Former Enron Chief Executive Jeffrey K. Skilling succeeded in having 10 years sliced off the prison sentence he received for his role in the spectacular demise of the energy giant and will go free as early as 2017.
U.S District Judge Sim Lake in Houston announced at a hearing Friday that Skilling will serve 14 years instead of the 24 years he originally received. He was convicted in 2006 on 19 counts including insider trading, conspiracy and securities fraud.
The ruling was expected after a proposed sentencing agreement was submitted to the court this week. As part of the accord, Skilling has agreed to give up rights to further appeals and to let his convictions stand. He is also giving up claims to the $40 million he was ordered to forfeit, which will be handed over to victims of the fraud.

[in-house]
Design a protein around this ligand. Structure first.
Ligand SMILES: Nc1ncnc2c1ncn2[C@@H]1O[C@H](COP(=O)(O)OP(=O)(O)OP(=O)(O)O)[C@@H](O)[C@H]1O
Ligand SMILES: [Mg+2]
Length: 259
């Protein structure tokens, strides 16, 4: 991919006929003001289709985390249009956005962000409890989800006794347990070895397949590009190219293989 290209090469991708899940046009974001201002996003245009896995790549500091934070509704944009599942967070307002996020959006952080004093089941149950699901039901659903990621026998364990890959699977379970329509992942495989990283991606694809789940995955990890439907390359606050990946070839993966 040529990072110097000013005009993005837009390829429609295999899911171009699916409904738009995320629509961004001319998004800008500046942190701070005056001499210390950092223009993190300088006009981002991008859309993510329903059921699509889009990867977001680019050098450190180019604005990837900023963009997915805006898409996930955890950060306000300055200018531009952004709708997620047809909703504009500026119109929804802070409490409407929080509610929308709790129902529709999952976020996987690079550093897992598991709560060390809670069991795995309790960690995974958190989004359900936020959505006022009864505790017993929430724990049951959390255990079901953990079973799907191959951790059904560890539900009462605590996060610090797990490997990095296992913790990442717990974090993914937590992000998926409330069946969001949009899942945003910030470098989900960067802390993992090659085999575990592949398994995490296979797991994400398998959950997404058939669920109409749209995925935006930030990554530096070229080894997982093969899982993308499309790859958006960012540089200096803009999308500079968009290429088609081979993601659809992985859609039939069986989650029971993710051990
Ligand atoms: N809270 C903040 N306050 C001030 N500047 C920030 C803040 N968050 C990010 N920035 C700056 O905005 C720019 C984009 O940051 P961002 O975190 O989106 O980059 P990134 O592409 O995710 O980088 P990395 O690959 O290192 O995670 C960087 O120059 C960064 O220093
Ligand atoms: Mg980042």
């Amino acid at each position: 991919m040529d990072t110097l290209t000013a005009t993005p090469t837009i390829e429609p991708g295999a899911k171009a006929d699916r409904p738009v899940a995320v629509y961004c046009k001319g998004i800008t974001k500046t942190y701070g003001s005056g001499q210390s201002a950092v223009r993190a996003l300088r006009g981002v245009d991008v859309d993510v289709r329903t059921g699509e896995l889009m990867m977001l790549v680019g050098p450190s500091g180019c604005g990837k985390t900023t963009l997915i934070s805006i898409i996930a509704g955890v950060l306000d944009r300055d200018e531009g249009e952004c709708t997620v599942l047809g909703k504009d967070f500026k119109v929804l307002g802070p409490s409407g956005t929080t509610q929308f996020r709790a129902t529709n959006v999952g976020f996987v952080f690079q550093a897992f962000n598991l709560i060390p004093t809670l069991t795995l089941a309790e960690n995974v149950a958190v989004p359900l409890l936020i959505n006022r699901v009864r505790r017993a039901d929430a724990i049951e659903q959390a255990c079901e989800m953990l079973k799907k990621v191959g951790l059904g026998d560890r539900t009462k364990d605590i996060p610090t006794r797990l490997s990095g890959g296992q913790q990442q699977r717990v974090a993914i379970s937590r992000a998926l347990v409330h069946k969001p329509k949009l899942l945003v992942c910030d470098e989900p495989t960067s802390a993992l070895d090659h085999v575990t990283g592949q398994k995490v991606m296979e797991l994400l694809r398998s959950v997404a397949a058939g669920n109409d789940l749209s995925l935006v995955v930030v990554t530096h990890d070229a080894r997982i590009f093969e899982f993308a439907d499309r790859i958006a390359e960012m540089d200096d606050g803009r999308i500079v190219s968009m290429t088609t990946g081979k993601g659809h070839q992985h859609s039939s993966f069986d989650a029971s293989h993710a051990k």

The Justice Department has said it was willing to agree to a reduced sentence as a way to end a lengthy series of legal battles with Skilling’s team of lawyers.
“Mr. Skilling will no longer be permitted to challenge his conviction for one of the most notorious frauds in American history,” the department said in a statement last month.
Some legal scholars have speculated that prosecutors felt pressure to make a deal after facing allegations of misconduct surrounding a specially formed Enron task force and other negative publicity. Skilling’s attorneys were planning to seek a new trial based on that alleged misconduct.
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